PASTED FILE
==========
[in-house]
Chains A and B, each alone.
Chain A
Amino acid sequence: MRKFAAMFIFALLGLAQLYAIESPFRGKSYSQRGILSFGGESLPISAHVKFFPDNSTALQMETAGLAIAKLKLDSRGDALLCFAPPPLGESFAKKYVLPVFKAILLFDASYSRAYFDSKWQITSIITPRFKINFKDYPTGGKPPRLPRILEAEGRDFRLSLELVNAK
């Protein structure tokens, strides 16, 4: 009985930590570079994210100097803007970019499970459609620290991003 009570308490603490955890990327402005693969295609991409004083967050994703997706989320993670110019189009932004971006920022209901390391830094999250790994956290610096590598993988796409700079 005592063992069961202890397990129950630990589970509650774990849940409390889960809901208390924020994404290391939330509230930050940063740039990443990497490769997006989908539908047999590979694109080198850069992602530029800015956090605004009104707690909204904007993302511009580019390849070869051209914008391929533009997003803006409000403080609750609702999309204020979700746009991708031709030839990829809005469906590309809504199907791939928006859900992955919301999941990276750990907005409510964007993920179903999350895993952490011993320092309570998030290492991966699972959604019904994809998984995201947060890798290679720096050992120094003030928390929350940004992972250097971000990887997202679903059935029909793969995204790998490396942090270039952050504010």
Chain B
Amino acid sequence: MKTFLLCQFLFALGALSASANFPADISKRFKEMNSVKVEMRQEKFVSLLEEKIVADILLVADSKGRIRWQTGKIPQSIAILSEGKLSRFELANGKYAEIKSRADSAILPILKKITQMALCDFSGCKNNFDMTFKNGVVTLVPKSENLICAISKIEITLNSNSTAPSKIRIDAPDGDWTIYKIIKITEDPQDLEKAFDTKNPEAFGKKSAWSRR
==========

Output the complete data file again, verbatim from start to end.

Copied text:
[in-house]
Chains A and B, each alone.
Chain A
Amino acid sequence: MRKFAAMFIFALLGLAQLYAIESPFRGKSYSQRGILSFGGESLPISAHVKFFPDNSTALQMETAGLAIAKLKLDSRGDALLCFAPPPLGESFAKKYVLPVFKAILLFDASYSRAYFDSKWQITSIITPRFKINFKDYPTGGKPPRLPRILEAEGRDFRLSLELVNAK
């Protein structure tokens, strides 16, 4: 009985930590570079994210100097803007970019499970459609620290991003 009570308490603490955890990327402005693969295609991409004083967050994703997706989320993670110019189009932004971006920022209901390391830094999250790994956290610096590598993988796409700079 005592063992069961202890397990129950630990589970509650774990849940409390889960809901208390924020994404290391939330509230930050940063740039990443990497490769997006989908539908047999590979694109080198850069992602530029800015956090605004009104707690909204904007993302511009580019390849070869051209914008391929533009997003803006409000403080609750609702999309204020979700746009991708031709030839990829809005469906590309809504199907791939928006859900992955919301999941990276750990907005409510964007993920179903999350895993952490011993320092309570998030290492991966699972959604019904994809998984995201947060890798290679720096050992120094003030928390929350940004992972250097971000990887997202679903059935029909793969995204790998490396942090270039952050504010």
Chain B
Amino acid sequence: MKTFLLCQFLFALGALSASANFPADISKRFKEMNSVKVEMRQEKFVSLLEEKIVADILLVADSKGRIRWQTGKIPQSIAILSEGKLSRFELANGKYAEIKSRADSAILPILKKITQMALCDFSGCKNNFDMTFKNGVVTLVPKSENLICAISKIEITLNSNSTAPSKIRIDAPDGDWTIYKIIKITEDPQDLEKAFDTKNPEAFGKKSAWSRR